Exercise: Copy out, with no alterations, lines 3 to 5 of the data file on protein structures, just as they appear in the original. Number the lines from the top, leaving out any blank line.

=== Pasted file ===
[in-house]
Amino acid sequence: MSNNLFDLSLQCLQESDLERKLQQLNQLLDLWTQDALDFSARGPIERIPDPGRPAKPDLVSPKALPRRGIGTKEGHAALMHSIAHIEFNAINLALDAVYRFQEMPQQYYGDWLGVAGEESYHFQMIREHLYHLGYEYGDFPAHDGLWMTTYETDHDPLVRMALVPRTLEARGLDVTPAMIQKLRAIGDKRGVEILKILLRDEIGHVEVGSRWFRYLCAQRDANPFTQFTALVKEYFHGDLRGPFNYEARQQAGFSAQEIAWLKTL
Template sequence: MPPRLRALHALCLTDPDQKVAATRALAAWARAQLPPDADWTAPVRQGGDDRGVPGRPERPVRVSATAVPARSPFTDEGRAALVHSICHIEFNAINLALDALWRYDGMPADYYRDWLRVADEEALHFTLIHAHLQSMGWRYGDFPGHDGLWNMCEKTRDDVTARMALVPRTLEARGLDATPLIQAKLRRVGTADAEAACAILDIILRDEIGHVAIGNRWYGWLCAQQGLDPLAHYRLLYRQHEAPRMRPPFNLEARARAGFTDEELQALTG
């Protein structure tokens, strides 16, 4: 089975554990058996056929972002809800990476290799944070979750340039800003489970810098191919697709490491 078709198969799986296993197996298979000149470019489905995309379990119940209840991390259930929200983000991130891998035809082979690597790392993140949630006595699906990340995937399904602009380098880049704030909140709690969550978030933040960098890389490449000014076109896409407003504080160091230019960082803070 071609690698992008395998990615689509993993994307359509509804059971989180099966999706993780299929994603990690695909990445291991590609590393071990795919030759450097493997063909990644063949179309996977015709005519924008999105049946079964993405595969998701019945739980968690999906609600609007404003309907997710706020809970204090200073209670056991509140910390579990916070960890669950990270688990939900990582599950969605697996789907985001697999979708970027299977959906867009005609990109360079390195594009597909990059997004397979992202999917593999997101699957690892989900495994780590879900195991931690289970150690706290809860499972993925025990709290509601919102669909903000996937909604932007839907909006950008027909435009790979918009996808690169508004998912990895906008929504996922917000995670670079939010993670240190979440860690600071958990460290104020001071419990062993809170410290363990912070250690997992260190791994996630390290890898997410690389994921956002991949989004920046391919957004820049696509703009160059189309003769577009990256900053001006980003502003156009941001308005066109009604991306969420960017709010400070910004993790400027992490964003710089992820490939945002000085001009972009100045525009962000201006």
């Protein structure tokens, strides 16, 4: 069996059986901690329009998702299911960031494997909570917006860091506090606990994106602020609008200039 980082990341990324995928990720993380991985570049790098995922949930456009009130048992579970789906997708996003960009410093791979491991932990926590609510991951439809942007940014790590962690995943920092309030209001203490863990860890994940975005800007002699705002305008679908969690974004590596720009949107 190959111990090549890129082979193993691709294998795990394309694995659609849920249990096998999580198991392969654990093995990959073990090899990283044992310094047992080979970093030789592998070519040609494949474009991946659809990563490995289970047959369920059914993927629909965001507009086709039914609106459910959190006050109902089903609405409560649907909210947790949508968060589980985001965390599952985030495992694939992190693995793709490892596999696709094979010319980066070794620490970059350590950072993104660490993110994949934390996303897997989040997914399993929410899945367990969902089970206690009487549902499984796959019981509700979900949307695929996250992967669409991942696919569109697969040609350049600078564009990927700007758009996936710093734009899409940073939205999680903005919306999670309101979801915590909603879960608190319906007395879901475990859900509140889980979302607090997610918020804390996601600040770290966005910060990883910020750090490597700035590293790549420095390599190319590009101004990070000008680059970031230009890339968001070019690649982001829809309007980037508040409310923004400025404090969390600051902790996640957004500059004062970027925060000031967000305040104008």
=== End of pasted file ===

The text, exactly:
Template sequence: MPPRLRALHALCLTDPDQKVAATRALAAWARAQLPPDADWTAPVRQGGDDRGVPGRPERPVRVSATAVPARSPFTDEGRAALVHSICHIEFNAINLALDALWRYDGMPADYYRDWLRVADEEALHFTLIHAHLQSMGWRYGDFPGHDGLWNMCEKTRDDVTARMALVPRTLEARGLDATPLIQAKLRRVGTADAEAACAILDIILRDEIGHVAIGNRWYGWLCAQQGLDPLAHYRLLYRQHEAPRMRPPFNLEARARAGFTDEELQALTG
């Protein structure tokens, strides 16, 4: 089975554990058996056929972002809800990476290799944070979750340039800003489970810098191919697709490491 078709198969799986296993197996298979000149470019489905995309379990119940209840991390259930929200983000991130891998035809082979690597790392993140949630006595699906990340995937399904602009380098880049704030909140709690969550978030933040960098890389490449000014076109896409407003504080160091230019960082803070 071609690698992008395998990615689509993993994307359509509804059971989180099966999706993780299929994603990690695909990445291991590609590393071990795919030759450097493997063909990644063949179309996977015709005519924008999105049946079964993405595969998701019945739980968690999906609600609007404003309907997710706020809970204090200073209670056991509140910390579990916070960890669950990270688990939900990582599950969605697996789907985001697999979708970027299977959906867009005609990109360079390195594009597909990059997004397979992202999917593999997101699957690892989900495994780590879900195991931690289970150690706290809860499972993925025990709290509601919102669909903000996937909604932007839907909006950008027909435009790979918009996808690169508004998912990895906008929504996922917000995670670079939010993670240190979440860690600071958990460290104020001071419990062993809170410290363990912070250690997992260190791994996630390290890898997410690389994921956002991949989004920046391919957004820049696509703009160059189309003769577009990256900053001006980003502003156009941001308005066109009604991306969420960017709010400070910004993790400027992490964003710089992820490939945002000085001009972009100045525009962000201006």
């Protein structure tokens, strides 16, 4: 069996059986901690329009998702299911960031494997909570917006860091506090606990994106602020609008200039 980082990341990324995928990720993380991985570049790098995922949930456009009130048992579970789906997708996003960009410093791979491991932990926590609510991951439809942007940014790590962690995943920092309030209001203490863990860890994940975005800007002699705002305008679908969690974004590596720009949107 190959111990090549890129082979193993691709294998795990394309694995659609849920249990096998999580198991392969654990093995990959073990090899990283044992310094047992080979970093030789592998070519040609494949474009991946659809990563490995289970047959369920059914993927629909965001507009086709039914609106459910959190006050109902089903609405409560649907909210947790949508968060589980985001965390599952985030495992694939992190693995793709490892596999696709094979010319980066070794620490970059350590950072993104660490993110994949934390996303897997989040997914399993929410899945367990969902089970206690009487549902499984796959019981509700979900949307695929996250992967669409991942696919569109697969040609350049600078564009990927700007758009996936710093734009899409940073939205999680903005919306999670309101979801915590909603879960608190319906007395879901475990859900509140889980979302607090997610918020804390996601600040770290966005910060990883910020750090490597700035590293790549420095390599190319590009101004990070000008680059970031230009890339968001070019690649982001829809309007980037508040409310923004400025404090969390600051902790996640957004500059004062970027925060000031967000305040104008």